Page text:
MGFL moves to fight merger

The Mid Gippsland Football League has vowed to appeal a proposed merger with the Alberton Football Netball League. file photograph

The Mid Gippsland Football League has vowed to appeal a proposed merger with the Alberton Football Netball League. file photograph

AFL Gippsland will push ahead with the merger of the Mid Gippsland Football League and Netball Association and Alberton Football Netball League, despite fierce opposition from Latrobe Valley clubs.

Late Friday afternoon AFL Gippsland released the final recommendations of its review into Gippsland football, which adopted a draft recommendation that the two leagues merge for season 2019.

The Mid Gippsland Football League and nine of its 10 member clubs, all of which strongly oppose the move, now have until Friday to appeal to AFL Victoria if they decide to challenge the merger.

Yarragon will move to the Ellinbank and District Football League and in a move which will be welcomed by associations across the region, plans to replace thirds with under 17 competitions have been restricted to the East Gippsland Football Netball League.

The Traralgon and District Football League will also keep its under 16 competition.

Yesterday, MGFL spokesman Rob Popplestone said the league would appeal the recommendation and consider legal action and raised questions about the review process.

"This is pretty disappointing given a lot of work was put in by all of the clubs in their responses to AFL Gippsland," Popplestone said.

"With the timeframe that was given for us to respond, we're not sure our responses were given due consideration.

"Mid Gippsland and all clubs will appeal the recommendations with the view that legal advice and action will be considered and sought dependent on AFL Gippsland's response to the appeal."

Popplestone said the league would "remain resolute" but maintained "the proposed recommendations won't work" if implemented.

"We do not support the recommendations and going forward there is still a fair bit of negotiation that we feel needs to take place," he said.

"We don't feel the best interests of MGFL are at heart. I believe AFL Gippsland have an end game as to how they see the competition working, and while they are giving us the courtesy of going through the process, they are not giving the amount of respect to what's required for Mid Gippsland or other leagues to be honestly viable."

AFL Gippsland has recommended the merger in a move designed to bolster the struggling Alberton Football Netball League, after all six member clubs all expressed concerns about the viability of the competition.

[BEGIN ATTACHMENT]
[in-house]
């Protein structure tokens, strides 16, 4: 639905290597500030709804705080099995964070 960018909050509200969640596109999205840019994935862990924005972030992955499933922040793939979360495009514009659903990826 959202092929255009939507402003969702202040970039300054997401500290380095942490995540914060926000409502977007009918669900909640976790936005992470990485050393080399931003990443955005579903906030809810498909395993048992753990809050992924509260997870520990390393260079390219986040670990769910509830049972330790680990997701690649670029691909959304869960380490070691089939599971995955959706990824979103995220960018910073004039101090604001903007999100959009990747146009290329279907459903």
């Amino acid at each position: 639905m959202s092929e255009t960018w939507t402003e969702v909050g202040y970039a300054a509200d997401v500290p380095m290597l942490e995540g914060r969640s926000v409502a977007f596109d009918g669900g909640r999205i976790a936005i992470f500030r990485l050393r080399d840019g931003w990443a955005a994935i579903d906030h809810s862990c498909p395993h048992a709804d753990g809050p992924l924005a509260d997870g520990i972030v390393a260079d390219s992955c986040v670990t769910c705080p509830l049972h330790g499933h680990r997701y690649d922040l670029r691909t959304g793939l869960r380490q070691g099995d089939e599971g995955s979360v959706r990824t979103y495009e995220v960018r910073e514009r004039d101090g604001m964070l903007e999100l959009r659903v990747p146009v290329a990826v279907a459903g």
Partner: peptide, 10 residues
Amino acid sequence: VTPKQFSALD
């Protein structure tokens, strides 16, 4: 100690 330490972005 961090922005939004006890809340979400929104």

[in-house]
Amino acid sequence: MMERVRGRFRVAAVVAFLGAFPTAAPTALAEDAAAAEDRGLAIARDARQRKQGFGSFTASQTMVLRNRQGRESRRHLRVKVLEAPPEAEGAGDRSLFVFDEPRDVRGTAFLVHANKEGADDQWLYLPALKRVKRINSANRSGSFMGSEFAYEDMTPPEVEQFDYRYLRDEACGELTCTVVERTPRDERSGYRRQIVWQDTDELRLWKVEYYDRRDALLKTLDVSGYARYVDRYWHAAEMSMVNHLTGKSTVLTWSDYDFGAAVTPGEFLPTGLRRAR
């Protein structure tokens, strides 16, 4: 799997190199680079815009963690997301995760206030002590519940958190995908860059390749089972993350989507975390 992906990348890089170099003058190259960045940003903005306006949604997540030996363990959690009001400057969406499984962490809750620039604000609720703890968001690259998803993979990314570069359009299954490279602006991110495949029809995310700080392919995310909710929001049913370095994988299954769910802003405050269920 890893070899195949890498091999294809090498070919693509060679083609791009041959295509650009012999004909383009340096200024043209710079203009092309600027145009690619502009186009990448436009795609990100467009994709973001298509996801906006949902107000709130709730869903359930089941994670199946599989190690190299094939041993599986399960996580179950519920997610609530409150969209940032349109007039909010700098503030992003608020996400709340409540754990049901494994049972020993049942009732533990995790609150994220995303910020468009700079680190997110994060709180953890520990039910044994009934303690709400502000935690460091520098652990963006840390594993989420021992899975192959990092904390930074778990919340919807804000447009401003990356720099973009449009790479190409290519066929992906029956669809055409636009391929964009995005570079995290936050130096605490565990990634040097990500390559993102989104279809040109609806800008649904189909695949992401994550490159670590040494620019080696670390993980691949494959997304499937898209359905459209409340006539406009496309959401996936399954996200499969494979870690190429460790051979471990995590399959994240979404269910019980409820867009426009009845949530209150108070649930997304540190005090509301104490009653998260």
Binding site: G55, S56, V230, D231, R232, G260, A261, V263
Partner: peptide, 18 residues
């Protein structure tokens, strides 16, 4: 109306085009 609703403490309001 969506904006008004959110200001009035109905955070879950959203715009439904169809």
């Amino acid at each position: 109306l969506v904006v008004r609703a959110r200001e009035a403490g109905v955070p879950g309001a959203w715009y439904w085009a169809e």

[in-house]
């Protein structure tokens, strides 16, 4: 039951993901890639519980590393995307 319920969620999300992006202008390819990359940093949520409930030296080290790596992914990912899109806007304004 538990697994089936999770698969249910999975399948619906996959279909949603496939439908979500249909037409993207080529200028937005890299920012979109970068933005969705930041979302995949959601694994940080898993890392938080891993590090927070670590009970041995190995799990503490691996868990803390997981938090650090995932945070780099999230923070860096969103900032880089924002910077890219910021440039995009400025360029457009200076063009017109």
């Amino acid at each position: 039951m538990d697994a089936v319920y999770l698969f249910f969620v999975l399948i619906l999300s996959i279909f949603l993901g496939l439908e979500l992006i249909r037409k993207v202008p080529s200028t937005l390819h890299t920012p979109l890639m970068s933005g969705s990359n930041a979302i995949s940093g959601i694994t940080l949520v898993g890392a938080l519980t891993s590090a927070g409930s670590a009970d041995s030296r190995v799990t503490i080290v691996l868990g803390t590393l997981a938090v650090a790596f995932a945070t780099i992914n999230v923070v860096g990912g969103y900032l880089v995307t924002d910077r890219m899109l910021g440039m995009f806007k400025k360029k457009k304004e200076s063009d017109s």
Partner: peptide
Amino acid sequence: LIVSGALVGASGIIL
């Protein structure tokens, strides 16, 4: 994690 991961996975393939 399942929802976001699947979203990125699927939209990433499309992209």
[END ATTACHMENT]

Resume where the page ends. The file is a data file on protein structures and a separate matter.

The league was rocked earlier this year when club Devon-Welshpool-Won Wron-Woodside folded.

But Mid Gippsland clubs have expressed concerns about increased travel times to matches in south Gippsland.

According to the review, Morwell East and Yallourn-Yallourn North face the largest travel time increases among the MGFL clubs, at 428.6 and 323.6 kilometres, respectively.

However, the report highlights that the AFNL league clubs face significantly higher travel times throughout the season than their MGFL counterparts.

AFL Gippsland has moved to limit travel through the inclusion of five "rivalry rounds" in the fixture.

According to the league structure included in the report, each team would play each other once in the first 15 rounds (including a bye).

Rounds 16-20 would feature "rivalry rounds" with the league's 15 teams split into three groups.

The teams which share historical significance and situated close in proximity would play each other a second time.

Member clubs of the new competition will also have the opportunity to determine its governance and administration structure.

In a statement, AFL Gippsland region general manager Ben Joske said the future of the six Alberton league clubs depended "on a willingness for the Gippsland football community to embrace change and work together".

"The AFL Gippsland Commission is firmly of the view that for football to flourish in the region it requires a whole-of-region approach," Joske said.

"We all know how important sporting clubs are to the fabric of our communities and we don't want to see any clubs disappear which is the reality facing some of our clubs and communities if things don't change."

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